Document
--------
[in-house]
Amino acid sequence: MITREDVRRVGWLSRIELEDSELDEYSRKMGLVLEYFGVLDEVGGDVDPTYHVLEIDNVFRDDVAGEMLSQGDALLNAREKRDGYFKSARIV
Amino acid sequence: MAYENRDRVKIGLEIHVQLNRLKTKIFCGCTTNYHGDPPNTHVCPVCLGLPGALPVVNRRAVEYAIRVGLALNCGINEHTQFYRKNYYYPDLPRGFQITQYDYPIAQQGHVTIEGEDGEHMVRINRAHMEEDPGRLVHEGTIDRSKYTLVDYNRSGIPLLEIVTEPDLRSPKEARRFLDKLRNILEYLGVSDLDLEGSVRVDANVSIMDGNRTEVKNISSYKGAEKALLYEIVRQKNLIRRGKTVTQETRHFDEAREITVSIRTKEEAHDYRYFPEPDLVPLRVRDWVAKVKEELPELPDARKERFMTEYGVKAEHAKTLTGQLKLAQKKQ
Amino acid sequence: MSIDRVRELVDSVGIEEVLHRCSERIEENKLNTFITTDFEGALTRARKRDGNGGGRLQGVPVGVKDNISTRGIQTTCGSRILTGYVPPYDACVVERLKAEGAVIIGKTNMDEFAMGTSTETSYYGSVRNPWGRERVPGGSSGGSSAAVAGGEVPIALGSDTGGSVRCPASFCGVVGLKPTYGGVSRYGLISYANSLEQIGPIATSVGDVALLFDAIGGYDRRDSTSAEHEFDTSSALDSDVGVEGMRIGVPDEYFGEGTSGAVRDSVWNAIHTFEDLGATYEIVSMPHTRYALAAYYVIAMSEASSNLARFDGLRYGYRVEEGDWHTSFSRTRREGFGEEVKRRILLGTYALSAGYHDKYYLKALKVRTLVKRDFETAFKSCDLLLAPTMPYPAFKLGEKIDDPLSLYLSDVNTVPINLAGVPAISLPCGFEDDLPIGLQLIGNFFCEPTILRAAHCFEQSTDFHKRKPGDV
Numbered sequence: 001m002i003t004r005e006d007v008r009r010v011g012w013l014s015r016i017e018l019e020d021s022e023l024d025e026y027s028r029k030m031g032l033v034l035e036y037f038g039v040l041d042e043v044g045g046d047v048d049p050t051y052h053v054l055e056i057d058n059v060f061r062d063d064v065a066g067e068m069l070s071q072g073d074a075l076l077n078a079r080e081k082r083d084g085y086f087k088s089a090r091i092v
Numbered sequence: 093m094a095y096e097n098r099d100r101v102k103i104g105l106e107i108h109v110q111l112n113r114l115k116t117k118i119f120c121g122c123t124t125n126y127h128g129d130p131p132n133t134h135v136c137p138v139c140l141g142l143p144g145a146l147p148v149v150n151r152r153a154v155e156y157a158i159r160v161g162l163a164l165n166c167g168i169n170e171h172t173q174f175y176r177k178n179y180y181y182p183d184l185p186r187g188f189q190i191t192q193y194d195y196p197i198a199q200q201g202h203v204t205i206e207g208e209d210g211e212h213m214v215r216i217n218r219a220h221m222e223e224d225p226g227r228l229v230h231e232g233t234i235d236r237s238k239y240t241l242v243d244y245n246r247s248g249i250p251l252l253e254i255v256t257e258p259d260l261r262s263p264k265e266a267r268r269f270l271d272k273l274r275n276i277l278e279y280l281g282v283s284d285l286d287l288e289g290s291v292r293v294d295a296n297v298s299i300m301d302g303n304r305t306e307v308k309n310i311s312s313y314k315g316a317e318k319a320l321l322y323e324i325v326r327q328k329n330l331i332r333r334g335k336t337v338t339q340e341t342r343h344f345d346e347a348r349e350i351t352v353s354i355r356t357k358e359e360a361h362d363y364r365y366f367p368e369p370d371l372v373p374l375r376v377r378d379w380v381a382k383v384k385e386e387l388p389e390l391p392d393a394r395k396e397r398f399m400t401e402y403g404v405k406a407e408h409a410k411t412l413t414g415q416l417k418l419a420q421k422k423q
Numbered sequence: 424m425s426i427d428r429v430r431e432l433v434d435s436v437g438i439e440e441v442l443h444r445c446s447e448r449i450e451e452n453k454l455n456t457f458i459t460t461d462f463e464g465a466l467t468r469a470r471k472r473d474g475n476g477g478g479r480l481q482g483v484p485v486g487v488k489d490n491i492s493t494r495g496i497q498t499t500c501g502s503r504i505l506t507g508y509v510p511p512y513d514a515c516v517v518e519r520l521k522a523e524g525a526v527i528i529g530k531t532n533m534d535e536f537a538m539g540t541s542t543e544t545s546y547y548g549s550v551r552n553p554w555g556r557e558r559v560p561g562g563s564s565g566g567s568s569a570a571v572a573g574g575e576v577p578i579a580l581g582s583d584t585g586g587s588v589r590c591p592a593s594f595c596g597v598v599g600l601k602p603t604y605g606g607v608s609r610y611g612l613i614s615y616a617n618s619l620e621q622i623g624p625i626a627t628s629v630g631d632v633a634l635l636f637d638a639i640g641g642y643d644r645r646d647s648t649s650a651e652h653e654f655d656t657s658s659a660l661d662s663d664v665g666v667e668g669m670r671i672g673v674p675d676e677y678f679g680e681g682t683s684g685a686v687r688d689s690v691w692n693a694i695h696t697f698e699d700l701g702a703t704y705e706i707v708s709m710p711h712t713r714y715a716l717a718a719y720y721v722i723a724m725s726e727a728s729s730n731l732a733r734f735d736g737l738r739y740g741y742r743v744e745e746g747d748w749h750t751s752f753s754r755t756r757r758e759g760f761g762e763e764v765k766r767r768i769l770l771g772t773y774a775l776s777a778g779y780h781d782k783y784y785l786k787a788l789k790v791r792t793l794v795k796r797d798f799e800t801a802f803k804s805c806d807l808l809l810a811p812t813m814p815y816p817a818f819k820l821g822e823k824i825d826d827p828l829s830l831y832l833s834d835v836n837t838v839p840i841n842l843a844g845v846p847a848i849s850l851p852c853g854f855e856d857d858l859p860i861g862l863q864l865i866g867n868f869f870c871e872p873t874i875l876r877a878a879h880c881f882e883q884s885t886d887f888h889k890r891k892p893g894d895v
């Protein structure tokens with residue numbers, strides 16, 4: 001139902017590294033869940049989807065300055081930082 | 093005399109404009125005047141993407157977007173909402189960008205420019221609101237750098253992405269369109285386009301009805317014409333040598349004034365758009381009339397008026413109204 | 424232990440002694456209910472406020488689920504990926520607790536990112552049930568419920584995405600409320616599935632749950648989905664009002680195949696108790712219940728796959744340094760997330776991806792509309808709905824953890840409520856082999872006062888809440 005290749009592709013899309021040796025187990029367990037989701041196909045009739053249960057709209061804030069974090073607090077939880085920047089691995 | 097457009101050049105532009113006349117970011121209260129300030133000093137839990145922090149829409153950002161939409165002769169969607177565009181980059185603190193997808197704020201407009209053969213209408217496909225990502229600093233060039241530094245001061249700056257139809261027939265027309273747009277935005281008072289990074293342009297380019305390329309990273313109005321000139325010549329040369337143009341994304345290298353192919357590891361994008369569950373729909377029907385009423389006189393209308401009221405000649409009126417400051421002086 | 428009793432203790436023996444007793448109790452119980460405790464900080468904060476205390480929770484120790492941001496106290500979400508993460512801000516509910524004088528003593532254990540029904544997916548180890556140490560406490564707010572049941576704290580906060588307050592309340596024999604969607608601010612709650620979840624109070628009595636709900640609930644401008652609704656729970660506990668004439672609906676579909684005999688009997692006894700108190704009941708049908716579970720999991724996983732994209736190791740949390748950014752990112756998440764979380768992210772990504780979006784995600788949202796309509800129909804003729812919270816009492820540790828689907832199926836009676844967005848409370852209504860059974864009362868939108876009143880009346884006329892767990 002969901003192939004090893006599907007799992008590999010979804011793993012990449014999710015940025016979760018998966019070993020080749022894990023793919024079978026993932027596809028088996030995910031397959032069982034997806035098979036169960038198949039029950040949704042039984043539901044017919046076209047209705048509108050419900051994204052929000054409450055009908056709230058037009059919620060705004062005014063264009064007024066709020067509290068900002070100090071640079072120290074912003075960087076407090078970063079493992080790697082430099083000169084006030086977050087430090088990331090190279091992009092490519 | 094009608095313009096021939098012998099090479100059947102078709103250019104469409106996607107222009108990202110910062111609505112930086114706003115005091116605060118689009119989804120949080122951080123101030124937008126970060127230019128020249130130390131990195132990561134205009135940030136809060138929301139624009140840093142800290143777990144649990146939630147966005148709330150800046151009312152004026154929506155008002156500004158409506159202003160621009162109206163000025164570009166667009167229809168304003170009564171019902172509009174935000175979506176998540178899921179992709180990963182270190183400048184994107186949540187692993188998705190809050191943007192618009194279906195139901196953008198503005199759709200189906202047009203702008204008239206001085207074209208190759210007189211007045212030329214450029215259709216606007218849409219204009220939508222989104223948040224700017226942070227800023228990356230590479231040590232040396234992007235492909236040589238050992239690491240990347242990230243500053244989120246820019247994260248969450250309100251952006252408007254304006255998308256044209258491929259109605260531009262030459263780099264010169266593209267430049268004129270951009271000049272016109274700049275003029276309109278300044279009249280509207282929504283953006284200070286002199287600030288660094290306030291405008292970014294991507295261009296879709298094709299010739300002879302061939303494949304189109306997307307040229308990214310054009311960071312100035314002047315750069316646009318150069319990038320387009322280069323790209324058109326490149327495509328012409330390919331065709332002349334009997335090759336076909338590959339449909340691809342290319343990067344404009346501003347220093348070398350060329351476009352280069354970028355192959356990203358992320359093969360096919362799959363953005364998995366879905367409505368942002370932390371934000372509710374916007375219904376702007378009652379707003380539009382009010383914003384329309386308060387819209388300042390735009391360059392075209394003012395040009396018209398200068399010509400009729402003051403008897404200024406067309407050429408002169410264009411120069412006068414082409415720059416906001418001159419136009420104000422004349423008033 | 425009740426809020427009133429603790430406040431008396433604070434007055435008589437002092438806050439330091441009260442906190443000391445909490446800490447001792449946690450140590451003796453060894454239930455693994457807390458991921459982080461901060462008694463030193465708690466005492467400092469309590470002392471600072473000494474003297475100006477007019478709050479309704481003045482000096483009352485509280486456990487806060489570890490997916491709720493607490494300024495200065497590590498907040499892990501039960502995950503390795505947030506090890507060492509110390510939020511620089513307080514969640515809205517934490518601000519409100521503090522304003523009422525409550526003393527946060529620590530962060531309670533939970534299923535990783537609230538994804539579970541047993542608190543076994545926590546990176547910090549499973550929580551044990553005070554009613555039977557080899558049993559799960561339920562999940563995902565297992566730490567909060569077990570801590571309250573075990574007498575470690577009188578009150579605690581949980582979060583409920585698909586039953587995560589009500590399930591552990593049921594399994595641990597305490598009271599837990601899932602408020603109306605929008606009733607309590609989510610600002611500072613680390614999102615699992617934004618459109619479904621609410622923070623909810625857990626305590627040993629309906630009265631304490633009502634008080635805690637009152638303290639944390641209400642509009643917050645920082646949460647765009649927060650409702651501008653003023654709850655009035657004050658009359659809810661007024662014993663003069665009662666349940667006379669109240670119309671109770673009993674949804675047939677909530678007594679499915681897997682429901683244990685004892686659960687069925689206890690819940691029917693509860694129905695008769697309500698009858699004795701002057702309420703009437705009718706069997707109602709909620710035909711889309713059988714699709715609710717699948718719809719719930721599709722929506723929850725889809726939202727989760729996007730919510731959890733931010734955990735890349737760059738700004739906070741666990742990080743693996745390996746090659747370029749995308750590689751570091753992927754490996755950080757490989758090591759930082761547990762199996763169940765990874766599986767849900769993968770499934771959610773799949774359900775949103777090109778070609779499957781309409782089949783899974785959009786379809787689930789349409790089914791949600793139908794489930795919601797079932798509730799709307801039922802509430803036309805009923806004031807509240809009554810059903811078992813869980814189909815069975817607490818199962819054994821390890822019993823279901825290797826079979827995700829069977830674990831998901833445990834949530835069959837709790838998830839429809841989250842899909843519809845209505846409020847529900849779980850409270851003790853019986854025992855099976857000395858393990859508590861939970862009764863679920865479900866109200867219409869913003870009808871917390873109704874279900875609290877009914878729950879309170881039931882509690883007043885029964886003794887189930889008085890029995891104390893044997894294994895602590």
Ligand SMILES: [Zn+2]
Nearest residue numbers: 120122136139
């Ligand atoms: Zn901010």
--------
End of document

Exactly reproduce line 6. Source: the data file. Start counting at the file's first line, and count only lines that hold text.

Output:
Numbered sequence: 093m094a095y096e097n098r099d100r101v102k103i104g105l106e107i108h109v110q111l112n113r114l115k116t117k118i119f120c121g122c123t124t125n126y127h128g129d130p131p132n133t134h135v136c137p138v139c140l141g142l143p144g145a146l147p148v149v150n151r152r153a154v155e156y157a158i159r160v161g162l163a164l165n166c167g168i169n170e171h172t173q174f175y176r177k178n179y180y181y182p183d184l185p186r187g188f189q190i191t192q193y194d195y196p197i198a199q200q201g202h203v204t205i206e207g208e209d210g211e212h213m214v215r216i217n218r219a220h221m222e223e224d225p226g227r228l229v230h231e232g233t234i235d236r237s238k239y240t241l242v243d244y245n246r247s248g249i250p251l252l253e254i255v256t257e258p259d260l261r262s263p264k265e266a267r268r269f270l271d272k273l274r275n276i277l278e279y280l281g282v283s284d285l286d287l288e289g290s291v292r293v294d295a296n297v298s299i300m301d302g303n304r305t306e307v308k309n310i311s312s313y314k315g316a317e318k319a320l321l322y323e324i325v326r327q328k329n330l331i332r333r334g335k336t337v338t339q340e341t342r343h344f345d346e347a348r349e350i351t352v353s354i355r356t357k358e359e360a361h362d363y364r365y366f367p368e369p370d371l372v373p374l375r376v377r378d379w380v381a382k383v384k385e386e387l388p389e390l391p392d393a394r395k396e397r398f399m400t401e402y403g404v405k406a407e408h409a410k411t412l413t414g415q416l417k418l419a420q421k422k423q